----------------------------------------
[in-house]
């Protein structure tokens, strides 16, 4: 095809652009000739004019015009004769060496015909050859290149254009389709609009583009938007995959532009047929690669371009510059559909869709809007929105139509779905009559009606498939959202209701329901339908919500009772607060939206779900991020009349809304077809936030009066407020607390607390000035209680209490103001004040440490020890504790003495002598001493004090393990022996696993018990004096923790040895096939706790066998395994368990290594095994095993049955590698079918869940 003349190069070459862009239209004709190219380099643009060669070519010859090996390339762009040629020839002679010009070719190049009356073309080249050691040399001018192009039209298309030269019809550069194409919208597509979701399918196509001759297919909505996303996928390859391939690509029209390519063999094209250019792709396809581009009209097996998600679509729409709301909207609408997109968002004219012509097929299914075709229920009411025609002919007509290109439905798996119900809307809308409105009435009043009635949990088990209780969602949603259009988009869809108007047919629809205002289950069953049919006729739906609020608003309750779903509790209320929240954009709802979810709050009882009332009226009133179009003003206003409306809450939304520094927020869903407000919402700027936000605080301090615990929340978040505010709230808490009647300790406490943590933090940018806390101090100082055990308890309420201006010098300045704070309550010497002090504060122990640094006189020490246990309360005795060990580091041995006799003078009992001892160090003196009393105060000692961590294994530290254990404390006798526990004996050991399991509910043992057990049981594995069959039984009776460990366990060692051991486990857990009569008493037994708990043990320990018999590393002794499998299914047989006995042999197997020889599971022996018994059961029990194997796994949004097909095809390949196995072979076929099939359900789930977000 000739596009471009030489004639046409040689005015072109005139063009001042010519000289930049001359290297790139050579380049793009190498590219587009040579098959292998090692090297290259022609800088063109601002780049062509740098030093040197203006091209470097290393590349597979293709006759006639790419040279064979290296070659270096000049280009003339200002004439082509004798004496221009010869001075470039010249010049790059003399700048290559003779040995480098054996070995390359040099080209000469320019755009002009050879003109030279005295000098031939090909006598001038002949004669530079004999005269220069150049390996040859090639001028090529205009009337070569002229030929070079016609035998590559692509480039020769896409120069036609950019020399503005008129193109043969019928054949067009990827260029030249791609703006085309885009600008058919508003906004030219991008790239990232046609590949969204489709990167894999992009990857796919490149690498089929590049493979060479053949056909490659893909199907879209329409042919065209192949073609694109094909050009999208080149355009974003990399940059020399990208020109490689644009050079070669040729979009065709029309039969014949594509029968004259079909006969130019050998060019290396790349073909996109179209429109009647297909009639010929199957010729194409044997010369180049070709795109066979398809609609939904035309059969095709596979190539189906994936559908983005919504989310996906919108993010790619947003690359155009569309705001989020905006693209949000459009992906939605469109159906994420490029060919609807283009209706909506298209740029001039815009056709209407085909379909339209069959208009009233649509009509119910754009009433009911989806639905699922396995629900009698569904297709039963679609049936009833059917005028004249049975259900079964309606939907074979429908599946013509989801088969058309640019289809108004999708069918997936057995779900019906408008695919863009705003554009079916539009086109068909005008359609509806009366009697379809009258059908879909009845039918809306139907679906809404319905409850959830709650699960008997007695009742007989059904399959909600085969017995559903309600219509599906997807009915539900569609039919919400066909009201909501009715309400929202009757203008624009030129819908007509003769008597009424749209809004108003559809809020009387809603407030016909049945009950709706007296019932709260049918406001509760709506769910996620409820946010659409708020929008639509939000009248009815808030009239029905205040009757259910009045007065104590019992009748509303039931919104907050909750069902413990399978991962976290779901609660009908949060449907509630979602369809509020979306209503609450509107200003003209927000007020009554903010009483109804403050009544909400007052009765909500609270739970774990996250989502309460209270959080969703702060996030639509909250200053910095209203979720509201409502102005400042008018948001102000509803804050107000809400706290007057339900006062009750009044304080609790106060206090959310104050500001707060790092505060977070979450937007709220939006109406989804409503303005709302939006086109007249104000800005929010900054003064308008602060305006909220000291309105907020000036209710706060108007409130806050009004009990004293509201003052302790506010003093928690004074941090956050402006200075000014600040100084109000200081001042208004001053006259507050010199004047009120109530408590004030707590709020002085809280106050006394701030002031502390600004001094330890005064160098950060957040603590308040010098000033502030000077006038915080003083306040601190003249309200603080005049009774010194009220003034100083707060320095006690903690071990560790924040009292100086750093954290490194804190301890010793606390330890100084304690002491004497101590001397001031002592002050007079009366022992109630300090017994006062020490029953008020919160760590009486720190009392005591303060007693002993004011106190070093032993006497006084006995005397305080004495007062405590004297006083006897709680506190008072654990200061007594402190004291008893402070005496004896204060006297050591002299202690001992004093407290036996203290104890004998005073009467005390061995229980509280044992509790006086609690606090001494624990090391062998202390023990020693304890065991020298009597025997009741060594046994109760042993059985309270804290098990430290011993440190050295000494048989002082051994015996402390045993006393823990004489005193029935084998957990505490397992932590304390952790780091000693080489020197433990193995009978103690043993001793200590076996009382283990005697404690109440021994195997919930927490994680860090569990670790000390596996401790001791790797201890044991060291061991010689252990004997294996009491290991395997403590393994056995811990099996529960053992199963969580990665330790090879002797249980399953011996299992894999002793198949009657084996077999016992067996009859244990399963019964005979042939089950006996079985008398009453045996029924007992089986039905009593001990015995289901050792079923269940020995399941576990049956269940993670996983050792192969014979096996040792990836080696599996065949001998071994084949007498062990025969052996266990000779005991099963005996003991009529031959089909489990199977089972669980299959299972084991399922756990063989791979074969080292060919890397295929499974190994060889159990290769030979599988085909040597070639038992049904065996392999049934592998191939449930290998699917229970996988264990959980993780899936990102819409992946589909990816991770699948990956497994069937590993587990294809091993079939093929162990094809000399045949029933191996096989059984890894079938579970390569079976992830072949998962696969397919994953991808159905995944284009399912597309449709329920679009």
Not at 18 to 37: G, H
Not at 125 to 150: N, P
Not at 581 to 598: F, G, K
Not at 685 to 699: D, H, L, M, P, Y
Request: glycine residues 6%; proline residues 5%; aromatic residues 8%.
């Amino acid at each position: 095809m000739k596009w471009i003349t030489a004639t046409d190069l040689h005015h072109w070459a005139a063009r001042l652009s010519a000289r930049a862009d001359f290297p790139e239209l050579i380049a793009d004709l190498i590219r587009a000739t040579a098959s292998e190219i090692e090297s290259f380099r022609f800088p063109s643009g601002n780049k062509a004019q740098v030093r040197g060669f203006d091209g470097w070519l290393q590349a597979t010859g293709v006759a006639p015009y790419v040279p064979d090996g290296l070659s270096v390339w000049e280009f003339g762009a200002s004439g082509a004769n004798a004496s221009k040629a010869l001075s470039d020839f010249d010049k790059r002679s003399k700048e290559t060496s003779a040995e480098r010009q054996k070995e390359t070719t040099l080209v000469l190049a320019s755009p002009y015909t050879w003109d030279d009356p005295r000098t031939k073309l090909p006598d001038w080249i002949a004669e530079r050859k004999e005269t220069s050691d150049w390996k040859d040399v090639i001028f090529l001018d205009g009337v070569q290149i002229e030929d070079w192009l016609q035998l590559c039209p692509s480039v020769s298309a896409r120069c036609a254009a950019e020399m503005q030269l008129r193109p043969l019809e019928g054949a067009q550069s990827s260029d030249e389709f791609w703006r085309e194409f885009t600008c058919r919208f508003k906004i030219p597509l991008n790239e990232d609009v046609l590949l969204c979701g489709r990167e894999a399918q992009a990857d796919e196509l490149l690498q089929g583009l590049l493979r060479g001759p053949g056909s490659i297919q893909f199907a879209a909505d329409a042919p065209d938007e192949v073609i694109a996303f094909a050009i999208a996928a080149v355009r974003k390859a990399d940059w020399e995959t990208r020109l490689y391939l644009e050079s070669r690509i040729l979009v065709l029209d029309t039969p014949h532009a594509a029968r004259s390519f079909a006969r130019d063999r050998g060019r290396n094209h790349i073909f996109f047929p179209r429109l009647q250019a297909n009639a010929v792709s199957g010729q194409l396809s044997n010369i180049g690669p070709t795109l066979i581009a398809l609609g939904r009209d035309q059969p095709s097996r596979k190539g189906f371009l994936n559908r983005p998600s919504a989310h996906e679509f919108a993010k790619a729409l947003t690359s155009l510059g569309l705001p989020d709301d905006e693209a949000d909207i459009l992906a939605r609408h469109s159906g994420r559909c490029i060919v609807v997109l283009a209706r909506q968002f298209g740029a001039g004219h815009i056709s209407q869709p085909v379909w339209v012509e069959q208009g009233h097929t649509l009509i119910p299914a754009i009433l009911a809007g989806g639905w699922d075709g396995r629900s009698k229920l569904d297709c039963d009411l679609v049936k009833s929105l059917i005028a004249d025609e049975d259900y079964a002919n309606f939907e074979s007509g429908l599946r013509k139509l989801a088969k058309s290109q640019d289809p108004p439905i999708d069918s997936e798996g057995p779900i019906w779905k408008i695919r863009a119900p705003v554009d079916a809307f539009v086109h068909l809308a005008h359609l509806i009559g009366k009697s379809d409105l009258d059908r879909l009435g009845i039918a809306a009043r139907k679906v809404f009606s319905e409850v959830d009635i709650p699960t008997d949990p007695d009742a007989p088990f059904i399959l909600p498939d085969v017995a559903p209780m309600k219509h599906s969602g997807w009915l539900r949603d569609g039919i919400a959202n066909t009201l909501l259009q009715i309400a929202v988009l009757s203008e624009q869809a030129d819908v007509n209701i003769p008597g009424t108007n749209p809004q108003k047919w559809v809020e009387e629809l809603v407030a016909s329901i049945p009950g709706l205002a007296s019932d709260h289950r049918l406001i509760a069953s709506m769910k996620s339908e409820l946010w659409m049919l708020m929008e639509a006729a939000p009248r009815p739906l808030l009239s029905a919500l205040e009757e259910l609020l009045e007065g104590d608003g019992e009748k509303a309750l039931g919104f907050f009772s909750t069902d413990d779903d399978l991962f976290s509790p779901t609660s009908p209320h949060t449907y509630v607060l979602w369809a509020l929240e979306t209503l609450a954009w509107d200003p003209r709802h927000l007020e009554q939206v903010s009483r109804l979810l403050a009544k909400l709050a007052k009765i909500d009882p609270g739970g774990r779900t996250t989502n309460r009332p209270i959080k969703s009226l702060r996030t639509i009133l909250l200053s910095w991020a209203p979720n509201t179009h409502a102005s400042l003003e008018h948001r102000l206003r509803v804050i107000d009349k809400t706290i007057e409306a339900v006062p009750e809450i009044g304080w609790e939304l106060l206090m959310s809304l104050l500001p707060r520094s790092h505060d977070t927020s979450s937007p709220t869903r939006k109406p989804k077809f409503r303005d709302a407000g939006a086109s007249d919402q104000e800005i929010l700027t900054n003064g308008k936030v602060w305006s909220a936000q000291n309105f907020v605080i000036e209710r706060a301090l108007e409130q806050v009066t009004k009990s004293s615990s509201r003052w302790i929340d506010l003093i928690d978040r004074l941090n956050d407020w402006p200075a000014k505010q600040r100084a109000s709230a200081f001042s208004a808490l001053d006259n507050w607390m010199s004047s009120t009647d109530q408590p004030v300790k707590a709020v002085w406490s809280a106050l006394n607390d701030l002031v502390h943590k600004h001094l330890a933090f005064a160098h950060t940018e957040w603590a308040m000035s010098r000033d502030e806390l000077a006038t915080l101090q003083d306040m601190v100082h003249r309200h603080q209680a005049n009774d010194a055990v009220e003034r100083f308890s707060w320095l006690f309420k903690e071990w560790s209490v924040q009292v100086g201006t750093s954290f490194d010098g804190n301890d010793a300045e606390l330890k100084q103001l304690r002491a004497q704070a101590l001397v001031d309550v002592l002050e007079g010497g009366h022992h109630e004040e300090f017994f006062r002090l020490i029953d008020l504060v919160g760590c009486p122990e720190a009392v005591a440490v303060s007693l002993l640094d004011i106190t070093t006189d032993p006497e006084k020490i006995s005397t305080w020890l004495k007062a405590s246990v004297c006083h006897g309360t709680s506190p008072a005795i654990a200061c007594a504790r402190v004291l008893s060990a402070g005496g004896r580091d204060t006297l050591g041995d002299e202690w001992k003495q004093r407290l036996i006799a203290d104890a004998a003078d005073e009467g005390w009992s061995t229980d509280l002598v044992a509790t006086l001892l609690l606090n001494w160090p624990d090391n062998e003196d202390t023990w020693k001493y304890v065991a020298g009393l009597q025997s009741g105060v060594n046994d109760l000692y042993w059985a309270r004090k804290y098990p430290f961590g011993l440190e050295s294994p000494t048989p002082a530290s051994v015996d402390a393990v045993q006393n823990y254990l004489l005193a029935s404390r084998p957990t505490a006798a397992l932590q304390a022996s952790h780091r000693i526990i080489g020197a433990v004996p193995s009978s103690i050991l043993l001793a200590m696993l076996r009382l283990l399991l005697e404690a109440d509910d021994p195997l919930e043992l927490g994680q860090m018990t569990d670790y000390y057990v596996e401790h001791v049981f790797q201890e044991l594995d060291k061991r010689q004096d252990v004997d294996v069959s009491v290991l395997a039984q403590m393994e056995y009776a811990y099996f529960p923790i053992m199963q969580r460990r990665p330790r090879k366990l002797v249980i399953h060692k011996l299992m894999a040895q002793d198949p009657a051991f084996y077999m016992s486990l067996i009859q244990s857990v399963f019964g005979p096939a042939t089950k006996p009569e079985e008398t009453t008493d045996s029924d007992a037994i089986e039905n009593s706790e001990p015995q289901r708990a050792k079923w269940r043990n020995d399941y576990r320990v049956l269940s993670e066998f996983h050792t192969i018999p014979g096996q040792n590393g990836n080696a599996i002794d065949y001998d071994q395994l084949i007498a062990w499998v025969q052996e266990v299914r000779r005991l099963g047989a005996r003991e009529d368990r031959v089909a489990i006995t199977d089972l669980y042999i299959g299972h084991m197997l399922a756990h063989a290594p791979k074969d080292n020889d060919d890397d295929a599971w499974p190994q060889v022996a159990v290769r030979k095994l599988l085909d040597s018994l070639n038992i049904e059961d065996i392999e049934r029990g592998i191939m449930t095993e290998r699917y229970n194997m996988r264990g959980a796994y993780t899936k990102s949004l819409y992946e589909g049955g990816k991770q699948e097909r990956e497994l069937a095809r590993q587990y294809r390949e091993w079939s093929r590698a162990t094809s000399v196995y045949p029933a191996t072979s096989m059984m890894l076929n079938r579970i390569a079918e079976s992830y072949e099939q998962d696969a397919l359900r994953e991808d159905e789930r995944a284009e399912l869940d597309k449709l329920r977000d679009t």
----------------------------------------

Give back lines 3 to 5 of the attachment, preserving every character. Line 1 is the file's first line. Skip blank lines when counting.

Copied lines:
Not at 18 to 37: G, H
Not at 125 to 150: N, P
Not at 581 to 598: F, G, K